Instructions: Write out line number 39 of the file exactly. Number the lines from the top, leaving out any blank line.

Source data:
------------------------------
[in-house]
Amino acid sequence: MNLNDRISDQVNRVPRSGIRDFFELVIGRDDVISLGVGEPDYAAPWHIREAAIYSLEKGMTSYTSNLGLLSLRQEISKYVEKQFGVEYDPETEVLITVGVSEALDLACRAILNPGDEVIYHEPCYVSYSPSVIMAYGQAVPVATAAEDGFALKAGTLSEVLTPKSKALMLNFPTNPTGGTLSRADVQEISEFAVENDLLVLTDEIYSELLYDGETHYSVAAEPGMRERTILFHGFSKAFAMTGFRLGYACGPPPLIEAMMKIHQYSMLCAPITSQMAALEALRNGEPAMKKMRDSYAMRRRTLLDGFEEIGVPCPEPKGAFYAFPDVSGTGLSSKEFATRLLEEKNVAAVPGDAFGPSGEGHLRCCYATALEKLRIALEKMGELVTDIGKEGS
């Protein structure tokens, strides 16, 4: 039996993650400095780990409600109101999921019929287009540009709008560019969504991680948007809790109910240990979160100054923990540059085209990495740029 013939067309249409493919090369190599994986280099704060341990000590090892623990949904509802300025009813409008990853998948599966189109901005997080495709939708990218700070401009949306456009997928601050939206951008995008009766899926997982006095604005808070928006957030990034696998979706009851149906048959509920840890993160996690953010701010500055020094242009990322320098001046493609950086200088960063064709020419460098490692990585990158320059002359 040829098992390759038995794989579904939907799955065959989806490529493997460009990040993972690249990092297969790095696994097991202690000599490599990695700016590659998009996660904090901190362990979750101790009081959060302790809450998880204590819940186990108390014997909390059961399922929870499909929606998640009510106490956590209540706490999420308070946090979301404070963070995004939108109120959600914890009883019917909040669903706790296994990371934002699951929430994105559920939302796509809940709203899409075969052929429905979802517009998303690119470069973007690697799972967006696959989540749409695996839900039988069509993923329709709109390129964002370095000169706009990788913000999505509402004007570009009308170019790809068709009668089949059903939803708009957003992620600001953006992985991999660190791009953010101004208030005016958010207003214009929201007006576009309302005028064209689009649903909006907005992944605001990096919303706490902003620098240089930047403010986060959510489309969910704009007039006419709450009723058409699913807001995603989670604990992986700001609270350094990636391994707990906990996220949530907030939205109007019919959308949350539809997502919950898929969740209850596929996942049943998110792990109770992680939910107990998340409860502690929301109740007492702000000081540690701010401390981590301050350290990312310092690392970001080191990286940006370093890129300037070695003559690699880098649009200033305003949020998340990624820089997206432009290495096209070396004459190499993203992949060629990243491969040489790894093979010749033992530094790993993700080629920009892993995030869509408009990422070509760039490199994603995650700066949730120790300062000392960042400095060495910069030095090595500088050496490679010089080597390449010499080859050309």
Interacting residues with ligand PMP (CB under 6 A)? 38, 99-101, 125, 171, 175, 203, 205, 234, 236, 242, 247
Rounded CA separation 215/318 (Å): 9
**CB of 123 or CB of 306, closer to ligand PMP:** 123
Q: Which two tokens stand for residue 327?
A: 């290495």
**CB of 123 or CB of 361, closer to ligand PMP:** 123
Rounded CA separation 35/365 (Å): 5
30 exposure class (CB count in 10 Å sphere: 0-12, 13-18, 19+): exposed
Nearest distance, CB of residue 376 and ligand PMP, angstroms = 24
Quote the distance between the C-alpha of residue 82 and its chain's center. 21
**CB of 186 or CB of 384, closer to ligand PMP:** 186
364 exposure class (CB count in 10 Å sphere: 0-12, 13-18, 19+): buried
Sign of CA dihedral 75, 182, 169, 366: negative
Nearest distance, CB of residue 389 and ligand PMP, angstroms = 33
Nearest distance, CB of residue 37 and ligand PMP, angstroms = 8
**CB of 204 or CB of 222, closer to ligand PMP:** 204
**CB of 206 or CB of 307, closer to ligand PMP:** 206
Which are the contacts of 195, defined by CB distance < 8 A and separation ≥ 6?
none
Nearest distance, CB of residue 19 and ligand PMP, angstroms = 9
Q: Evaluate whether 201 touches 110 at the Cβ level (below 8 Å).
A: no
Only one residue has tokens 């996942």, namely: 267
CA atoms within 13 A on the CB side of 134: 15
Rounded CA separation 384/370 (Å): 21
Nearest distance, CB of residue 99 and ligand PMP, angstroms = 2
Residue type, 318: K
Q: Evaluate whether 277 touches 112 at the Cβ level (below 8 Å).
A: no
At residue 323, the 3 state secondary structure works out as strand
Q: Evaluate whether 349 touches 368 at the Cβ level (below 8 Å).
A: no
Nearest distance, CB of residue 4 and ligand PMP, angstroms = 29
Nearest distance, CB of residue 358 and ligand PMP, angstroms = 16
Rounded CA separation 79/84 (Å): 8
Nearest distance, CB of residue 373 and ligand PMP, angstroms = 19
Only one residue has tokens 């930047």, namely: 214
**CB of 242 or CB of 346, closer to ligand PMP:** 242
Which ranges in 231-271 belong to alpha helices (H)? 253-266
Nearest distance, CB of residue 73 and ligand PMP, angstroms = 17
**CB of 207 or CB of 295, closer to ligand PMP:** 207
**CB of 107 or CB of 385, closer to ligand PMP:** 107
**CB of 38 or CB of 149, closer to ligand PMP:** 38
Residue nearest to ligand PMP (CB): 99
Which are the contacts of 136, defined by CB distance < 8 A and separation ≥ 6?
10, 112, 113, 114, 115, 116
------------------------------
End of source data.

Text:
Nearest distance, CB of residue 373 and ligand PMP, angstroms = 19